It is recognised that agriculture is an engine for growth and poverty reduction – especially in rural Africa where it is considered the main occupation of the poor. However, in order to ensure that it delivers on this promise, policies and programmes need to be put in place to ensure that farming practices – and the agriculture sector as a whole – become sustainable. Addressing the gender gap is a key step, especially in ensuring inclusivity of women at all levels of agricultural value chains.

Women in Africa are key contributors to economic growth and global food security, but they still face many challenges. Aggregate data shows that women comprise about [1]43% of the agricultural labour force globally and account for [2]60% to 80% of smallholder farmers in the developing world. However, rural women often manage complex households and pursue multiple livelihood strategies for their families and communities which are not seen as economically active, but essential to the overall wellbeing of rural households. Studies by the UN’s Food and Agriculture Organisation (FAO) show that throughout the world, women farmers control less land and make far less use of improved technologies and inputs such as fertiliser. They tend to have less access to credit and insurance and are less likely to receive extension services, which are the main source of information on new technologies in the developing world. Research has shown that when women are given equal access to productive resources, their productivity goes up from 20% to 30%.

The FoodTrade ESA programme recognises this gender inequality in agriculture and is implementing a five year trade enhancement project with women at the core of its programming. The programme implements activities that ensure women are continually and actively engaged, and is working closely with grantees to mainstream gender into their activities. The programme also seeks to promote leadership positions for women through the project it supports. Through these projects, women have been trained and have become lead farmers playing a key role in reaching out to their communities. Such deliberate activities, together with the actions of other stakeholders promoting gender mainstreaming in agriculture, are helping to shift the image of women from low level producers at the farm level to positions of leadership and ownership in agricultural value chains.

Zinduka Women’s Group in Tanzania and Cheptarit Star Women’s Group in Kenya, both beneficiaries of the FoodTrade ESA programme, provide a good case study of the benefits of involving women at all levels of agricultural value chains. Cheptarit Star Women’s Group was formed in 2006 by a group of 20 female farmers in Nandi County who sought independence and financial freedom. These women farmed as a collective and sold their produce in local stores. In 2013, they linked up with the East African Grain Council, who provided capacity building for aggregation and subsequently gave the group machinery including weighing machines, moisture meters and tarpaulins, and also provided them with training on how to use them.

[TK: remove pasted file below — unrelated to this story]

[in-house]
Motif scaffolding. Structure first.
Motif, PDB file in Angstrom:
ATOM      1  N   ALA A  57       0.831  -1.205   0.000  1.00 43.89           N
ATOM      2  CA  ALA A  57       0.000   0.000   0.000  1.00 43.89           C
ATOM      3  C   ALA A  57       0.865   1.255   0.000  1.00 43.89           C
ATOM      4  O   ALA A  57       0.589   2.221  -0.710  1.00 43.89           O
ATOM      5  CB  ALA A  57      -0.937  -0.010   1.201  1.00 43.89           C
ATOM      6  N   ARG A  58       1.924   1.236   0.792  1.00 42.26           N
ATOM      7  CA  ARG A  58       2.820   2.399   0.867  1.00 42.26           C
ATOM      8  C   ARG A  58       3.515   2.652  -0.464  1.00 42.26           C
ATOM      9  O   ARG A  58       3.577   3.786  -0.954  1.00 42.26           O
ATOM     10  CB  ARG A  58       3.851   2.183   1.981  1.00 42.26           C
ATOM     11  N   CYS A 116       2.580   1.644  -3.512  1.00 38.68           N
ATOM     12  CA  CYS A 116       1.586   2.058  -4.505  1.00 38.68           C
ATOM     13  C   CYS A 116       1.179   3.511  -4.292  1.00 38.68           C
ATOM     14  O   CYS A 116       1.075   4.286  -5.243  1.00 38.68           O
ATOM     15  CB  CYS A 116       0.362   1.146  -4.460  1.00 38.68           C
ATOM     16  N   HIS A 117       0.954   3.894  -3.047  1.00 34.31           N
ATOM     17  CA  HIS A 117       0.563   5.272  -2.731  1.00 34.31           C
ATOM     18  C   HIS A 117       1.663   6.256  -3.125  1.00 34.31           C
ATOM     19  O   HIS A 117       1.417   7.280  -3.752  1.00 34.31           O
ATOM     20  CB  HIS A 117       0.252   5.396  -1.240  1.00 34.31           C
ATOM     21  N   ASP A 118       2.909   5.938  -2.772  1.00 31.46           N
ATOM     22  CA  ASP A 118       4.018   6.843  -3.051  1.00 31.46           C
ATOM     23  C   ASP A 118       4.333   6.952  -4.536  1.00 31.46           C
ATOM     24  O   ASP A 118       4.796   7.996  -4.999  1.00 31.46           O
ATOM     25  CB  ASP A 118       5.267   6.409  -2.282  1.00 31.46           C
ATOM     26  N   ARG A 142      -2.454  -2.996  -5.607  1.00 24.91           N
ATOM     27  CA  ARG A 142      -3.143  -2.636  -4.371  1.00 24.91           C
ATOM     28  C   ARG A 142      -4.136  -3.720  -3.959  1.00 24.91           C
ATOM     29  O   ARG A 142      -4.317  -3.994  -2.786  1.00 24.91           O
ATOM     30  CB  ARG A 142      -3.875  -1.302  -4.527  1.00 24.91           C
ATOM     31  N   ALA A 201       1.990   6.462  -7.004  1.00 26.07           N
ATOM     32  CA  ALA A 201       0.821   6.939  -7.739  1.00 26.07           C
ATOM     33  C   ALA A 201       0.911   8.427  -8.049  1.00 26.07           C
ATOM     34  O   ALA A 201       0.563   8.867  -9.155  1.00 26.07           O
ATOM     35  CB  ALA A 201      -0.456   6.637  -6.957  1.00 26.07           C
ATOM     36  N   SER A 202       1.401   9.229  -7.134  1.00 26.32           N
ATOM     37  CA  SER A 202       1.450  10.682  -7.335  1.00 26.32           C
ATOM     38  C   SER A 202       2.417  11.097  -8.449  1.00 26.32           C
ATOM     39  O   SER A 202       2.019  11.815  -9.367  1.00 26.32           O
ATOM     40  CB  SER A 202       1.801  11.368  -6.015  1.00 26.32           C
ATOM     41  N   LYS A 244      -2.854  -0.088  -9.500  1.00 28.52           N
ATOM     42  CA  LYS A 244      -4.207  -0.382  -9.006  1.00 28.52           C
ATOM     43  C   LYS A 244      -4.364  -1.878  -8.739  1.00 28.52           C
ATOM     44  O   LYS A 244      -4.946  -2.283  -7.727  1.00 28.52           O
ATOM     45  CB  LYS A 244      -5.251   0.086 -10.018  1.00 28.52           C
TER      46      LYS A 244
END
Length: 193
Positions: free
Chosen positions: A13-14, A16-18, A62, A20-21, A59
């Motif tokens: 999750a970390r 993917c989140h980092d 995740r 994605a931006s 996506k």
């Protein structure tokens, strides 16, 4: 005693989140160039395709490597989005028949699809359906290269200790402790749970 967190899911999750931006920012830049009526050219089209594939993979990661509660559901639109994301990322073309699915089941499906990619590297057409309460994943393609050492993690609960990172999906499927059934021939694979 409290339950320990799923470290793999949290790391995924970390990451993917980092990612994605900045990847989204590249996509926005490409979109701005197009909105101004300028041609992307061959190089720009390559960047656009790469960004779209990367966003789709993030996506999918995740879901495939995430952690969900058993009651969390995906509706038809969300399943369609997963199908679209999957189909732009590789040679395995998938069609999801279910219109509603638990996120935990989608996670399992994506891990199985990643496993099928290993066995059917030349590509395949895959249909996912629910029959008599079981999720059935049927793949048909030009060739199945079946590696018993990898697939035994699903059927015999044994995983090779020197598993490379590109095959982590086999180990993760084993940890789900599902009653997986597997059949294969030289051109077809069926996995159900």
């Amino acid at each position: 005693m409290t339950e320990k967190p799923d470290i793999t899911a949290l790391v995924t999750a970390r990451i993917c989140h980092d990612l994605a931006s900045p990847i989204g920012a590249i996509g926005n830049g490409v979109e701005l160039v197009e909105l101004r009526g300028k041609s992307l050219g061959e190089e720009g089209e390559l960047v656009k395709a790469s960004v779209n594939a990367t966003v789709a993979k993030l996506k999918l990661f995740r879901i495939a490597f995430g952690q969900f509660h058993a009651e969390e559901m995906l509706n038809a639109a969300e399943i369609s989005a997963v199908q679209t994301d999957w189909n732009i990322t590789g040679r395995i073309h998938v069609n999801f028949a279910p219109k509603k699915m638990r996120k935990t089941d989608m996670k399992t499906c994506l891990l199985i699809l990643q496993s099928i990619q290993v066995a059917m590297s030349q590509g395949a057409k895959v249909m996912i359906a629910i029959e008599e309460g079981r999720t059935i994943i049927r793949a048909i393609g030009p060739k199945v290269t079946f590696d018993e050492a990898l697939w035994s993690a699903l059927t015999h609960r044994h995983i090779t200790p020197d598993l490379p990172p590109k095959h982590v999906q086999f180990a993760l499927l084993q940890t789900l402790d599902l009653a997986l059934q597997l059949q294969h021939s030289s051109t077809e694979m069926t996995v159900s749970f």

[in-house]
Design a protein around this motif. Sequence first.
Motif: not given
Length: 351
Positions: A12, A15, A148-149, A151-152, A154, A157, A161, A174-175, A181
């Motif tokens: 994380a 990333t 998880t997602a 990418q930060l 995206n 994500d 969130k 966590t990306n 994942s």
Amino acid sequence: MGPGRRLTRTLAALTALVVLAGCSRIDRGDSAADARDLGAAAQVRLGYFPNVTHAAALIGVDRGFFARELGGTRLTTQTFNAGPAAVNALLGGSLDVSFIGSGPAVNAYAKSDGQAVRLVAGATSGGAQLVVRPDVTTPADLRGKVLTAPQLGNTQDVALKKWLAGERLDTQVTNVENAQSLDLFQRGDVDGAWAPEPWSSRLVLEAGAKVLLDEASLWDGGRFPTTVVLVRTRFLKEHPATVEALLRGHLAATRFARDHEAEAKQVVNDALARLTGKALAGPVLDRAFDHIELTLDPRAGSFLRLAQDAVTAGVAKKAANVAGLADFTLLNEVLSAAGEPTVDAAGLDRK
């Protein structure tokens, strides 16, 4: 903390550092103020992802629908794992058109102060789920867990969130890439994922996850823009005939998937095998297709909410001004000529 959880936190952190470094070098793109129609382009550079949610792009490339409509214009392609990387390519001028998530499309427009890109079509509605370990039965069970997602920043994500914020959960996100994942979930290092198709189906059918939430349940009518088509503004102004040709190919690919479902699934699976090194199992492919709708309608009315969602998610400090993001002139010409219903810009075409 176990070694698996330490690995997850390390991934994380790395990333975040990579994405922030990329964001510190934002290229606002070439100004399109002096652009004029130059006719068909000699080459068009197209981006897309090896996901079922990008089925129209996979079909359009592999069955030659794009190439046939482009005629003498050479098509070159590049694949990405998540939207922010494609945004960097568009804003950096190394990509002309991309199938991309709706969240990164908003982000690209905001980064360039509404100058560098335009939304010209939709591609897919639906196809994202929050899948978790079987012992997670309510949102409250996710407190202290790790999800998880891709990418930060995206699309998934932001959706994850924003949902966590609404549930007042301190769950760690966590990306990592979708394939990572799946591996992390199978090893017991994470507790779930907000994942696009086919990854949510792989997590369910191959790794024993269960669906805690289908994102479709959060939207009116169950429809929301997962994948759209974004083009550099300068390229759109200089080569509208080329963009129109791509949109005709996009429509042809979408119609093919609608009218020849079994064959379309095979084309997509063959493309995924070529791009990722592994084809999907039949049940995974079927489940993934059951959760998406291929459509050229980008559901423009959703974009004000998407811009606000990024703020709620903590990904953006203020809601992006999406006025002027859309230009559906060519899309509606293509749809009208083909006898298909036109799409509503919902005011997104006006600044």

According to Josephine Bungei from Cheptarit Star Women’s Group, the group has won the trust of local farmers as they are able to pay them in a timely fashion, sometimes faster than the Government’s National Cereal Board. In 2015, the FoodTrade ESA grantee Kilimo Trust helped them grow their business exponentially by including them in their consortiums. The group is now able to trade across regional borders. In March 2016, the group was facilitated by Kilimo Trust to meet another FoodTrade ESA grantee, Kaderes Peasants Development PLC, enabling them to purchase beans from Tanzania. As a result of their successes, most of the women are now able to send their children to university.

Another gender mainstreaming success story is Shalem Investments Ltd.; 67.7% of the beneficiaries supported by the company are women, many of whom are now formally participating in the economy by owning bank accounts for the first time; getting banked has been documented as a key step to achieving financial freedom. They now also have access to bank loans which will enable them to scale up their operations.

The male and female farmers supported by Shalem Investments through the FoodTrade ESA grant now have access to extensive farming knowledge and training (e.g. on pesticides, fertilisers, weather control) which they have been able to apply on their own farms. Mechanisation has also made planting and selling far easier: a mobile drying machine provided under the project has helped improve post-harvest handling, and the traditional beating of sorghum is now mechanised, allowing farmers to produce more for themselves and their families.  Additional benefits include access to education for their families, ensuring that future generations have a better chance to break out of the poverty cycle. FoodTrade ESA is making a conscious effort to continue championing gender equality in agriculture.

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